FIG. 2 is a cross section of an additional exemplary embodiment of a seal;

FIG. 3 is a cross section of an additional exemplary embodiment of a seal;

FIG. 4 is a cross section of an additional exemplary embodiment of a seal;

FIG. 5 is a cross section of an additional exemplary embodiment of a seal;

FIG. 6 is a cross section of an additional exemplary embodiment of a seal which is part of a gasket, and

FIG. 7 is a cross section of an additional exemplary embodiment of a seal which is also constructed as part of a gasket.

DETAILED DESCRIPTION OF THE PREFERRED EMBODIMENTS

FIG. 1 shows a partial cross section through a plastic closure 1 for containers. The closure is manufactured by plastic injection molding, for example, so that the seal and the closure consist of a single part.

The seal includes a sealing lip 3 and an actuating arm 5. The sealing lip has an essentially triangular cross section, by which a contact surface 7 is formed concentric to the center axis of the container closure.

The outer boundary wall 9 of the sealing lip 3 can form an angle with the contact surface 7 of approximately 15 to 85, preferably 30 to 60. In the exemplary embodiment illustrated here in an angle of 45 has been selected.

The outer boundary surface 9 merges with the side wall 11 of the container closure 1.

The actuating arm 5 has a sealing surface oriented forms downwardly in the direction of the container to be closed and forming an angle of approximately 90 with the contact surface 7 of the sealing lip 3. The angle can also be smaller, if the sealing lip or the contact surface 7 is not disposed parallel to the center axis of the container closure 1, but instead is swiveled inwardly.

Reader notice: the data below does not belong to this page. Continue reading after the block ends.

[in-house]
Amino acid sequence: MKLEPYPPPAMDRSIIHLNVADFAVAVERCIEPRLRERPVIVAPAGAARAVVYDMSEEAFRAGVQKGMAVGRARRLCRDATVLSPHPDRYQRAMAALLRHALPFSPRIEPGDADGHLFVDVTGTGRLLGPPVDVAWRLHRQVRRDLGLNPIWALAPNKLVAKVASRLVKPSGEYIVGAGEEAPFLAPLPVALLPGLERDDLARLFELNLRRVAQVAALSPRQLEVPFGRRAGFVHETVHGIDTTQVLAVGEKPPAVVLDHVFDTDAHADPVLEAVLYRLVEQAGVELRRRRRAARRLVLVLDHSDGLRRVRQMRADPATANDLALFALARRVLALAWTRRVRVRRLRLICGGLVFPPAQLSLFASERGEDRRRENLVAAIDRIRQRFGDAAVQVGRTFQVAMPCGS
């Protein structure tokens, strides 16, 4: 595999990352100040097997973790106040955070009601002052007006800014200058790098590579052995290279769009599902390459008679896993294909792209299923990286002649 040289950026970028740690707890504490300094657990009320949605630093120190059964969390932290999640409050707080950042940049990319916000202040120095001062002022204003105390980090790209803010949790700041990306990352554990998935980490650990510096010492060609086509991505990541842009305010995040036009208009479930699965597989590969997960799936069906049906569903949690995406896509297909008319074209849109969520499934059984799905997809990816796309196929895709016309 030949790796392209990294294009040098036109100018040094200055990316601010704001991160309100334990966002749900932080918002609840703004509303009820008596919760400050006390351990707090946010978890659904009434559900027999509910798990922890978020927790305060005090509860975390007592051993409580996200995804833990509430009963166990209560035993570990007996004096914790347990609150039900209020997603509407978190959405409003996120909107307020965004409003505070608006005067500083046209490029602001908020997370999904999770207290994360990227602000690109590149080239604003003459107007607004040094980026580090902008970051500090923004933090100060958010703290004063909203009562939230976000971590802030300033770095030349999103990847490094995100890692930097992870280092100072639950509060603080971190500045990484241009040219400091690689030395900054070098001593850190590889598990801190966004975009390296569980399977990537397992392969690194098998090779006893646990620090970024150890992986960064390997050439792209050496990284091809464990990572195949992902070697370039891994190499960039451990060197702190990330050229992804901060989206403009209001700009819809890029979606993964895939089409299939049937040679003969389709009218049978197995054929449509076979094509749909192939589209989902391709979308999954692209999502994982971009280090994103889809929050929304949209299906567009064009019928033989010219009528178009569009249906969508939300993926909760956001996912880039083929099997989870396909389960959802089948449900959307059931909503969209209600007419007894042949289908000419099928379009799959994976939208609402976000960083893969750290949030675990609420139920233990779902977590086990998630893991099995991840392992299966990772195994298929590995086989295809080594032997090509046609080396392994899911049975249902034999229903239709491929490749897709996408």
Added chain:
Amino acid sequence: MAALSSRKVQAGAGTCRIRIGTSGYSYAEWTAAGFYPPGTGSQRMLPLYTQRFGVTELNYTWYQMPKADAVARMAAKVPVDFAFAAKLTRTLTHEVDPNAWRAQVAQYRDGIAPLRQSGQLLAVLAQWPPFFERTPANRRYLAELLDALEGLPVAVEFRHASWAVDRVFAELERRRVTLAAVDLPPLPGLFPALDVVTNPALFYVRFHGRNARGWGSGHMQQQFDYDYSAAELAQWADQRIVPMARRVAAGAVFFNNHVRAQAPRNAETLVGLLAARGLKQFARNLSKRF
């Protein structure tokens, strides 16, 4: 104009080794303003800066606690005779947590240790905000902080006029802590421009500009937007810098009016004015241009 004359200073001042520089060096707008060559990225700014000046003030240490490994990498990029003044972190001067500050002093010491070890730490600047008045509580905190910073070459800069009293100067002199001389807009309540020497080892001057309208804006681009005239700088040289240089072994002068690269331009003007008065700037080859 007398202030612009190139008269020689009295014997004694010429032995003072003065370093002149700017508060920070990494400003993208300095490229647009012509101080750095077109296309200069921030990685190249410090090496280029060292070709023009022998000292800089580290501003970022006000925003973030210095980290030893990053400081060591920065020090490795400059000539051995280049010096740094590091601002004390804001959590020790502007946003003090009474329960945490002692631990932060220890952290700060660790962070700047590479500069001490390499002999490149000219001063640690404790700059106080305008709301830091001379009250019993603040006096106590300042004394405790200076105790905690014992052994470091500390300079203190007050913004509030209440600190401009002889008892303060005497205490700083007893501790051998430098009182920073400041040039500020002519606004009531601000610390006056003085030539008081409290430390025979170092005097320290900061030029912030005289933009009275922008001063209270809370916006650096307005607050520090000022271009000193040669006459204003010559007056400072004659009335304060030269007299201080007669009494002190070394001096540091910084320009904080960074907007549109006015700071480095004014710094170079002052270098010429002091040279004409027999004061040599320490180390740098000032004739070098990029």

The side wall 11 of the container closure 1 joins a bottom 15.

In the exemplary embodiment illustrated here, provided in the region of the seal formed by the sealing lip 3 and the actuating arm 5 is an attenuated area 17 which consists of a groove running concentrically to the center axis of the container closure. The attenuated area is so constructed that the actuating arm 5 can be swiveled upwardly in the direction of the bottom 15. The fulcrum of such a swiveling movement is located in the region of the point of intersection of the contact surface 7 and the sealing surface 13. Due to the fact that the actuating arm is swiveled in a counterclockwise direction, the sealing lip 3 is also swiveled counterclockwise.

When the closure 1 is placed on a container, the region of the mouth of the container, or its top outer surface, is in contact, on the one hand, with the contact surface 7 of the sealing lip 3, and on the other hand, with the sealing surface 13 of the actuating arm 5.

FIG. 2 represents an additional exemplary embodiment of a seal consisting of a sealing lip and an actuating arm, which also is part of a plastic closure for containers. FIG. 2 again reproduces only a partial cross section of a container closure.

The container closure 20 again has a seal which possesses a sealing lip 23 and an actuating arm. The sealing lip 23 has an essentially triangular cross section, resulting in the formation of a contact surface 27 disposed concentrically to the center axis of the closure 20. This contact surface can form an angle of approximately 10 to 85 with an outer boundary surface 29 of the sealing lip 23. The angle is preferably within the range of 15 to 40. In the exemplary embodiment illustrated, the contact surface 27 and the outer boundary surface 29 form an angle of about 20.

The outer boundary surface 29 of the sealing lip 23 merges with the side wall 31 of the container closure 21.

Here again, the actuating arm 25 possesses a sealing surface 33 oriented in the direction of the container to be closed and forming an angle of about 90 with the contact surface 27.